My desk at the store looks like a disaster area most days. I try and try to keep it clean, but it’s almost an impossibility, as so many things land on it each day requiring (or at least requesting) my attention. Much of this "stuff" is the detritis of the projects I’m working on here (frontlist buying, backlist reorders, events scheduling, filling school orders, responding to customer requests, and so on, and so on, and so on), but much of it is also just "stuff" that comes my way via the mail. As it does EVERY. SINGLE. DAY. In copious quantities.
You might be thinking, "Oh, please. You work in a bookstore. How bad can it be?" I thought maybe it would help if I SHOWED you, so I removed all of the padded envelopes that had been stored in my "empty padded envelopes" storage space under my desk and piled them atop one another. Lorna and I estimate that this pile, containing 56 envelopes, reflects the number of padded envelopes that arrives in our buying office over the course of just two weeks. In other words, each of us receives 14 padded envelopes every week, on average. (There are weeks in which we receive considerably more than that.)
Most of the padded envelopes in our onslaught contain catalogs or galleys or marketing materials, but many contain copies of finished books that publishers are hoping we’ll find the time to read and/or talk up to our customers. And of course this doesn’t count the BOXES that we also receive, or the skinny, flat envelopes most of us think of when we hear the word "mail."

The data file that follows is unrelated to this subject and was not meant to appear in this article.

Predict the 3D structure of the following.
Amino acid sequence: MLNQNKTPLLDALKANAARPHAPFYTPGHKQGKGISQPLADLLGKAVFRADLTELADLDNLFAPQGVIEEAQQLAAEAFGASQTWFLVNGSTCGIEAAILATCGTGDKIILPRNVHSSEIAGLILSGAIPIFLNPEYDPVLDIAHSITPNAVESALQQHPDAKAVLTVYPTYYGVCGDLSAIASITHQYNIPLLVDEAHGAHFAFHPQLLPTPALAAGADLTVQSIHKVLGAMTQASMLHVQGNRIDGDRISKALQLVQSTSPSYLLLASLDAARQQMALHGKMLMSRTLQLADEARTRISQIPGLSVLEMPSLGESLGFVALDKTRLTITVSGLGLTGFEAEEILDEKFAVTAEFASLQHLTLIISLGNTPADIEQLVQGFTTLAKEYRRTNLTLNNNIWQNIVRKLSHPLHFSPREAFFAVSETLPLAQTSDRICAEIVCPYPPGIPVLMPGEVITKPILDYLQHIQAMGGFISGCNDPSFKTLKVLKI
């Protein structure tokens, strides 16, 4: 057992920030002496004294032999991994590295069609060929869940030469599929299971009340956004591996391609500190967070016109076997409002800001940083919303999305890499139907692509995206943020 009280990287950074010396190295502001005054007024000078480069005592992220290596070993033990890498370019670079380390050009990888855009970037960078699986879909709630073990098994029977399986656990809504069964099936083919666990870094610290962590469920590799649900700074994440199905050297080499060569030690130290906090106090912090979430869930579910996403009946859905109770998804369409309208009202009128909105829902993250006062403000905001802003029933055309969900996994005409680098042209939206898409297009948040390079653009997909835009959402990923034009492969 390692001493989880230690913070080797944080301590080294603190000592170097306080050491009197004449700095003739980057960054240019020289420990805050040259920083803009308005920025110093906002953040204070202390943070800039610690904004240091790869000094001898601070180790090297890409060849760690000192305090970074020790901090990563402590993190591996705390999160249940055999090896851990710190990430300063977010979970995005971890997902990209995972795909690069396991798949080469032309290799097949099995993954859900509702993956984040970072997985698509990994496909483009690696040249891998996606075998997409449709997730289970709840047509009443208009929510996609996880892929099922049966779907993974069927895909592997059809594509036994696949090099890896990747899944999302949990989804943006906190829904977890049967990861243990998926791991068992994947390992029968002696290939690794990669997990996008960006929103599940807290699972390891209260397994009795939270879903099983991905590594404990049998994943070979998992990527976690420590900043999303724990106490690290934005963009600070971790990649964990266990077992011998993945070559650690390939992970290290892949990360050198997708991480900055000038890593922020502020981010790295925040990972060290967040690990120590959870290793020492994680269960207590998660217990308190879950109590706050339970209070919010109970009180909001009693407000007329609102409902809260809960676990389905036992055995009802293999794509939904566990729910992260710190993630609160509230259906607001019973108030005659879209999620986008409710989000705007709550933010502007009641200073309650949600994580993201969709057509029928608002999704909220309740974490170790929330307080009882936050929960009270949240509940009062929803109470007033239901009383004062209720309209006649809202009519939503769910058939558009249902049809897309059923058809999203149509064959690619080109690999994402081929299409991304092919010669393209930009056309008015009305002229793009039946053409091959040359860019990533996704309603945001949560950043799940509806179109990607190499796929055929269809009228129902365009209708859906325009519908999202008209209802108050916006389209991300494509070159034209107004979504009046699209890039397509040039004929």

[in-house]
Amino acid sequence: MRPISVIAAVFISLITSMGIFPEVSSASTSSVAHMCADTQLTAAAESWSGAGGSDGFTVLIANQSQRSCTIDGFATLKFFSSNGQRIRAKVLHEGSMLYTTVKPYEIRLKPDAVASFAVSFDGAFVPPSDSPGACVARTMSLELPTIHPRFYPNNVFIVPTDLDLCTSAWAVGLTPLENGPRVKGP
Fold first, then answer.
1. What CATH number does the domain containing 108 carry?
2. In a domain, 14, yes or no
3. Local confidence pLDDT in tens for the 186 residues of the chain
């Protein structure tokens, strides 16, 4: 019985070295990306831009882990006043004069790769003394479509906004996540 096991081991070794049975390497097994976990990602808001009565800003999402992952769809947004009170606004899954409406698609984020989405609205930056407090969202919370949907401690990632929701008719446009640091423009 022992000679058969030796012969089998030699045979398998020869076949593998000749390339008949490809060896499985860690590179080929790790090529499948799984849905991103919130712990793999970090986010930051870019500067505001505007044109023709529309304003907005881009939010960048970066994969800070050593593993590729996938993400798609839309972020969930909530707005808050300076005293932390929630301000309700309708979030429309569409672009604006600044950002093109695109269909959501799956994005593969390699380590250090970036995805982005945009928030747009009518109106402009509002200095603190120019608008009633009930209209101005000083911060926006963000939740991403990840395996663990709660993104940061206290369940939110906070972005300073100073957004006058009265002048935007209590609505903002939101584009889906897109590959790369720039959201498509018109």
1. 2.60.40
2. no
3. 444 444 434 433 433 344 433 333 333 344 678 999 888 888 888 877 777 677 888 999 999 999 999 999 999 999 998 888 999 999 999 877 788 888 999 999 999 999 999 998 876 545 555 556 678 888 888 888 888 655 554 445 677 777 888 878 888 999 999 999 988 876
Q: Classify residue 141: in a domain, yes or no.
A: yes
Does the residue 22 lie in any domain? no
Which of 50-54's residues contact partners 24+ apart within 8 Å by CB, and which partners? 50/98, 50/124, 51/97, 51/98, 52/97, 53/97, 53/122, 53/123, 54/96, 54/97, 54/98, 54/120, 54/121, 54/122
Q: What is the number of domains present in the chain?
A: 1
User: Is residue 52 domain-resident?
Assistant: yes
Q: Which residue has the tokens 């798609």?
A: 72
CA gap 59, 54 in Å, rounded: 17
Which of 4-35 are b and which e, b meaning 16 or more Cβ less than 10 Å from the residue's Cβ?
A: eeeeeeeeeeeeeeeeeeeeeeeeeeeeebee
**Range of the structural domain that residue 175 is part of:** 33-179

Of course, all of this pales in comparison to the number of e-mails most of us receive in a given week (250 came to my work account during my recent vacation week), but the e-mail at least isn’t visible to those who visit our offices, unlike the piles of mail that have an actual physical form. All of this is to say that if you visit your bookseller friend’s office, don’t be horrified to find it overflowing or downright "messy." And if you contact a bookseller friend via snail mail or e-mail don’t be surprised if it takes ages for you to hear back from them.
The trade-off is that thanks to that bookseller friend you’ll probably never again have to pay for padded envelopes or medium-sized moving boxes, which seems like a pretty fair exchange to me! When I visited Eight Cousins in Falmouth, Mass., they were happily advertising their efforts to share the wealth: a well-labeled box out front advertised the store as the perfect stop for FREE BOXES.